face.” Ashcroft v. Iqbal, 556 U.S. 662, 677
(2009) (quoting Bell Atl. Corp. v. Twombly, 550 U.S.
544, 570 (2007)). In undertaking this analysis, the Court
considers the complaint as a whole and construes all
well-pled allegations in the light most favorable to the
plaintiff. Nakkhumpun v. Taylor, 782 F.3d 1142, 1146
(10th Cir. 2015). “Well-pled” means that the
allegations are “plausible, non-conclusory, and
non-speculative.” Dudnikov v. Chalk & Vermilion
Fine Arts, Inc., 514 F.3d 1063, 1070 (10th Cir. 2008).
“Threadbare recitals of the elements of a cause of
action, supported by mere conclusory statements, do not
suffice.” Iqbal, 556 U.S. at 678. Courts
“disregard conclusory statements and look only to
whether the remaining . . . factual allegations plausibly
suggest the defendant is liable.” Mocek v. City of
Albuquerque, 813 F.3d 912, 921 (10th Cir. 2015).
Motion to Dismiss pertains to Defendants Cornish, Carman, and
Manning in their individual capacities. (Doc. 57 at 1.)
To the extent Defendants' motion seeks to dismiss
Plaintiff's Title VII claims against these Defendants,
the motion will be denied as moot because, as Plaintiff's
Complaint indicates and his Response confirms, he asserts his
Title VII claims against Defendant CNM only. (Doc. 1 at
11-13; Doc. 57 at 3-4; Doc. 70 at 2.) To the extent
Defendants' motion seeks to dismiss Plaintiff's NMWPA
claims against these Defendants, however, the motion will be
granted. Although Plaintiff contends in his response that
Defendant CNM “is the sole liability target” of
his claims brought under this statute, in his Complaint
Plaintiff's intended target is not so clear.
(See Doc. 1 at 30 ¶ 189 (“The retaliatory
acts of Defendants constitute violations of the
[NMWPA].”) (emphasis added).) Moreover, by his failure
to make any substantive argument on this point, Plaintiff
appears to concede the validity of Defendants' argument
that the NMWPA “does not permit a public employee to
assert a claim against a state officer in his or her
individual capacity.” (Doc. 57 at 4 (quoting Flores
v. Herrera, 2016-NMSC-033, ¶ 1, 384 P.3d 1070).)
their motion, Defendants also seek dismissal of
Plaintiff's Section 1983 claims against Defendant Manning
on the ground that Plaintiff's Complaint does not
sufficiently allege Defendant Manning's personal
participation in, or direct personal responsibility for, the
alleged deprivation of Plaintiff's constitutional rights.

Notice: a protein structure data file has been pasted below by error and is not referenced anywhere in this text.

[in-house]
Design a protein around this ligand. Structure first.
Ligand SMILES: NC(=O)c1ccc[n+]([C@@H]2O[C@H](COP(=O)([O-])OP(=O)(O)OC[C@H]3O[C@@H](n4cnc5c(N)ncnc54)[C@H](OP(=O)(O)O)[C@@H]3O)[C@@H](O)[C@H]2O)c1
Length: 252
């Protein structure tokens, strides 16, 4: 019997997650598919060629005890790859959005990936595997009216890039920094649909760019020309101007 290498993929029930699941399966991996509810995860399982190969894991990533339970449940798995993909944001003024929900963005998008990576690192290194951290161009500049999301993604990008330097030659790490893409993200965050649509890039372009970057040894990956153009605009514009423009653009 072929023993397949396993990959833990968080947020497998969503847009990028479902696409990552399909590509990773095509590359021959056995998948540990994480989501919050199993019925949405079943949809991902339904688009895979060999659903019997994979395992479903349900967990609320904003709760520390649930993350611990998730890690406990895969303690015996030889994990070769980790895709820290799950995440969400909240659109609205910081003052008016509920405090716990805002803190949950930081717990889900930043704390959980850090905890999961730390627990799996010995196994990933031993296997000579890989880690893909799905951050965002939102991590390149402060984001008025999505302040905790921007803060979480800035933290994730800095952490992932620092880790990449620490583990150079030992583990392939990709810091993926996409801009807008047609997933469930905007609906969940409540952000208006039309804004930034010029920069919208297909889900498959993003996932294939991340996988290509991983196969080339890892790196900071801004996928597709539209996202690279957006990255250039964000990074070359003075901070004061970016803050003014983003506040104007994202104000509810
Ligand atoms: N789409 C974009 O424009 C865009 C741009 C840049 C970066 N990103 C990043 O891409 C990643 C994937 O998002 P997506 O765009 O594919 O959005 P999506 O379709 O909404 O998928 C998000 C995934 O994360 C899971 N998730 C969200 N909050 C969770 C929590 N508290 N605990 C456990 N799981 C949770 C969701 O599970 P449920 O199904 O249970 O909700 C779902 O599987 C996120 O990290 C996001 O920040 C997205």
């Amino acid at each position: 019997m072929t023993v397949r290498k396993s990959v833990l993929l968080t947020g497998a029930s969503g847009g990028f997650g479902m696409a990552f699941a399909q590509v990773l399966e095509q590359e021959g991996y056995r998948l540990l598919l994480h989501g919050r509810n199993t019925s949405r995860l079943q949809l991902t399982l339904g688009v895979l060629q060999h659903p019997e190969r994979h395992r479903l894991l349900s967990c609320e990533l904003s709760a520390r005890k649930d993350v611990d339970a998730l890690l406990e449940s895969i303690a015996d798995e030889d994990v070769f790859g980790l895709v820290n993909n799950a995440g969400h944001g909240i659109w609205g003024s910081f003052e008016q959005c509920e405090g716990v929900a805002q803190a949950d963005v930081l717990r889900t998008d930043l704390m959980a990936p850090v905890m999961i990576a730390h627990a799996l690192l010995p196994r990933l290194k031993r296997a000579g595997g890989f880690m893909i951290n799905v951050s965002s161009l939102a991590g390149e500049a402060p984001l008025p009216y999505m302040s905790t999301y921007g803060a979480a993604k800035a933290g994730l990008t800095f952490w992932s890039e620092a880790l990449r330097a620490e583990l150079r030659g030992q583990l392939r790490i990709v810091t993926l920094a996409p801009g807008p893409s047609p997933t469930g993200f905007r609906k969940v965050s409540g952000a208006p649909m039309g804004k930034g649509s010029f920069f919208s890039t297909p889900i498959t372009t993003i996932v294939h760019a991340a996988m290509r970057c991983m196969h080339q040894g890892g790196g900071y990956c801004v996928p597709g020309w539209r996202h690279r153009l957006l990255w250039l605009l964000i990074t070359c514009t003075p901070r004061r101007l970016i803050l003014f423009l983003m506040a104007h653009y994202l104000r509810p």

(Doc. 57 at 4-5.) In support of this argument, Defendants
cite Trujillo v. Williams, 465 F.3d 1210, 1227 (10th
Cir. 2006), for the proposition that “a defendant's
direct personal responsibility for the claimed deprivation of
a constitutional right must be established” before he
may be held liable for such deprivation under Section
1983. See also Bertolo v. Benezee, 601
Fed.Appx. 636, 638 (10th Cir. 2015) (to state claim under
Section 1983, plaintiff must allege that “each
defendant personally participated” in a constitutional
deprivation); Nasious v. Two Unknown B.I.C.E. Agents, at
Arapahoe Cty. Justice Ctr., 492 F.3d 1158, 1163 (10th
Cir. 2007) (“[T]o state a claim in federal court, a
complaint must explain what each defendant did to him or her;
when the defendant did it; how the defendant's action
harmed him or her; and, what specific legal right the
plaintiff believes the defendant violated.”). In
response, Plaintiff points to several paragraphs of his
Complaint in which he alleges wrongful conduct by
“Defendants” and “all Defendants, ”
which references, he argues, necessarily include Defendant
Manning. (Doc. 70 at 2.) Plaintiff asserts that the absence
of Defendant Manning's name in these paragraphs does not
warrant dismissal of Plaintiff's claims against him based
on Trujillo, for the simple reason that the terms
“Defendants” and “all Defendants, ”
construed in Plaintiff's favor, include Defendant
Plaintiff included any basic factual allegations regarding
how Defendant Manning, in particular, was involved in
“Defendants'” alleged wrongful conduct, the
Court would be inclined to agree. In his complaint, however,
Plaintiff does not even allege by whom Defendant Manning is
or was employed, or his job title or general
responsibilities, much less what specific actions he
personally took to violate Plaintiff's Fourteenth
Amendment right to equal protection. (See generally
Doc. 1.) The sole allegation that identifies Defendant
Manning separate and apart from the other defendants in the
case merely states that he is a resident of Bernalillo
County. (Doc. 1 at 7.) This is grossly insufficient to state
a “plausible, non-conclusory, and
non-speculative” claim that Defendant Manning
personally participated in or had direct personal
responsibility for Defendant CNM's hiring decisions
regarding Plaintiff. Nonetheless, in the interest of judicial
efficiency and to avoid a futile motion to amend, as
discussed infra the Court grants Defendant Manning
summary judgment on Plaintiff's Section 1983 claims